Iran and Saudi Arabia’s struggle for regional dominance

by Saeed
Last year, Saudi Prince Mohammad Bin Salman made the controversial decision to remove his rivals from power and put himself in place to be the next Saudi ruler.
The move was bold.

He has also made other daring moves, including the ordering of destructive missile attacks in Iran-backed militias in Yemeni territory. As well as military casualties, there were also significant numbers of civilian losses. The situation in Yemen is critical and many people are starving.

The Saudi Prince has made no secret that it wants to eliminate Iran – its main rival in the region.
They are at opposite sides of a proxy war and they each represent different branches of Islam. The kingdom is the top Sunni Muslim power, whereas Iran sees itself as the main Shi’a defender. However, the rivalry between the two nations may have absolutely nothing to do with religion or ideology.

Indeed, experts have said that competition is the main cause of tension between Saudi Arabia and Iran. Iran has a large population – significantly larger than Saudi Arabia. It also is in a very favourable geographical position and its economy is quite diverse.

On the other hand, with its American allies, Saudi Arabia boasts a much more capable military force when it comes to specific domains (such as air power). Having the United States as an ally goes in favour of Saudi Arabia for other reasons too, and it is likely that relations between the two will remain strong because of the importance of the kingdom when it comes to international oil markets.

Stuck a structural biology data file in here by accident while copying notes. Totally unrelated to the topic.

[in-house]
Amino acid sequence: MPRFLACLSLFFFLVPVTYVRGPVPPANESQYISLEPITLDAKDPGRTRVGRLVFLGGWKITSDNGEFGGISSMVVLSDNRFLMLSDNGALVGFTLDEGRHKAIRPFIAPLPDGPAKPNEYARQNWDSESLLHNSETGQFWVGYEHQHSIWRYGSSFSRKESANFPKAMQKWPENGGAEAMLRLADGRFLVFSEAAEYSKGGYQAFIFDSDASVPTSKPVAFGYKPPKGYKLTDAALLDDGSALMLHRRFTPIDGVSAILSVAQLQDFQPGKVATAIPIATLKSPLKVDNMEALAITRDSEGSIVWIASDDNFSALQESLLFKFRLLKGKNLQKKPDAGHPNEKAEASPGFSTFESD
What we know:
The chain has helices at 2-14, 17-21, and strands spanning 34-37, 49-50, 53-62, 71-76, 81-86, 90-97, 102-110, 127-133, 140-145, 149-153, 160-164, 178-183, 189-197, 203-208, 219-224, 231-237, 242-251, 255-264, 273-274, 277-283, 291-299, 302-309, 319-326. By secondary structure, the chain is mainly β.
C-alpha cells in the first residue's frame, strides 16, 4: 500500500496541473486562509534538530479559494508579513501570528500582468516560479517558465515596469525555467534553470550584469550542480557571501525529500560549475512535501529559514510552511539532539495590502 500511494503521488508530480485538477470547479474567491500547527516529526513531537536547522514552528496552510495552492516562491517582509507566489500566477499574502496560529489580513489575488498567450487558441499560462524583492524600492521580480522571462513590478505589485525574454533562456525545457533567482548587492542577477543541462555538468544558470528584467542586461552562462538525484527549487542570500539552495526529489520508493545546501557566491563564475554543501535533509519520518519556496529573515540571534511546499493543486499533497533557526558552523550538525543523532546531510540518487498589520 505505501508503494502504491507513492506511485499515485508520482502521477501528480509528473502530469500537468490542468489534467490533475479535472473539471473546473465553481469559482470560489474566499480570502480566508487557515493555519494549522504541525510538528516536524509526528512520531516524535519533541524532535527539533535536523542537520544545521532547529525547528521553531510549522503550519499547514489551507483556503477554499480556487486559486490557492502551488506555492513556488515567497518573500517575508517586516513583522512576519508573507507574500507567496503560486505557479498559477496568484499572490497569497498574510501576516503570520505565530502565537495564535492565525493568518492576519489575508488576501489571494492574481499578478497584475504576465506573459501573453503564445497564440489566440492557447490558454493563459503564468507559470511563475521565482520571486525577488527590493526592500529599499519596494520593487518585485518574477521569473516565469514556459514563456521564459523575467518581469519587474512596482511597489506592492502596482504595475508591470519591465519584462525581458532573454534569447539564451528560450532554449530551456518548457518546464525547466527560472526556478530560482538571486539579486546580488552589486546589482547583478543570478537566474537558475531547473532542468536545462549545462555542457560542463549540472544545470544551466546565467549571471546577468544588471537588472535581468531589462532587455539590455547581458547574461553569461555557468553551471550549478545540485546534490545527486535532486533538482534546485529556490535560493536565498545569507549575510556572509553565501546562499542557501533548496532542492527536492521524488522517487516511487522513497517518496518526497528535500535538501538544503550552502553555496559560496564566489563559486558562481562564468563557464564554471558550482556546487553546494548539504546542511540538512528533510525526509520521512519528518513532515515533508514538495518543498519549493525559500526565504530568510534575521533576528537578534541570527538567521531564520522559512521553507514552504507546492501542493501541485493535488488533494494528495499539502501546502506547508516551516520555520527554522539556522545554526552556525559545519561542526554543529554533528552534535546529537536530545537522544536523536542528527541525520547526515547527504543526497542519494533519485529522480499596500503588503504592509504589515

Although tensions have been continually rising between Iran and Saudi Arabia, there has not yet been a direct conflict. They do however have opposing positions in the other regional wars, for example the Yemen civil war.

Saudi Arabia is backing the Yemeni government while Iran is providing extensive support to the Houthi rebels.
Faced with all of the bloodshed that is being witnessed on a daily basis, many leaders are calling for an end to Iran’s intervention.

President Trump has made it very clear that he wants to curb Iran’s belligerence and there are signs that he may impose harsh sanctions on the Iranian regime.

Experts believe that if Iran attacks Saudi Arabia, the United States will intervene. This is very likely, although just how this would happen is unknown. Already, an Iranian missile was fired by the Houthis in Yemen towards Saudi Arabia where it was intercepted. If this continues and populated areas of the kingdom are threatened, it is likely that the Saudis will take the decision to strike Iran directly.

Iran is under extreme pressure at home because of nationwide anti-government protests and calls for regime change. It is doing its best to appear strong – apparent at the recent weapons parade to mark the anniversary of the revolution, but these attempts show that weakness is prevailing. There is no hope for peace and security in the whole region until the Iranian regime is ousted.


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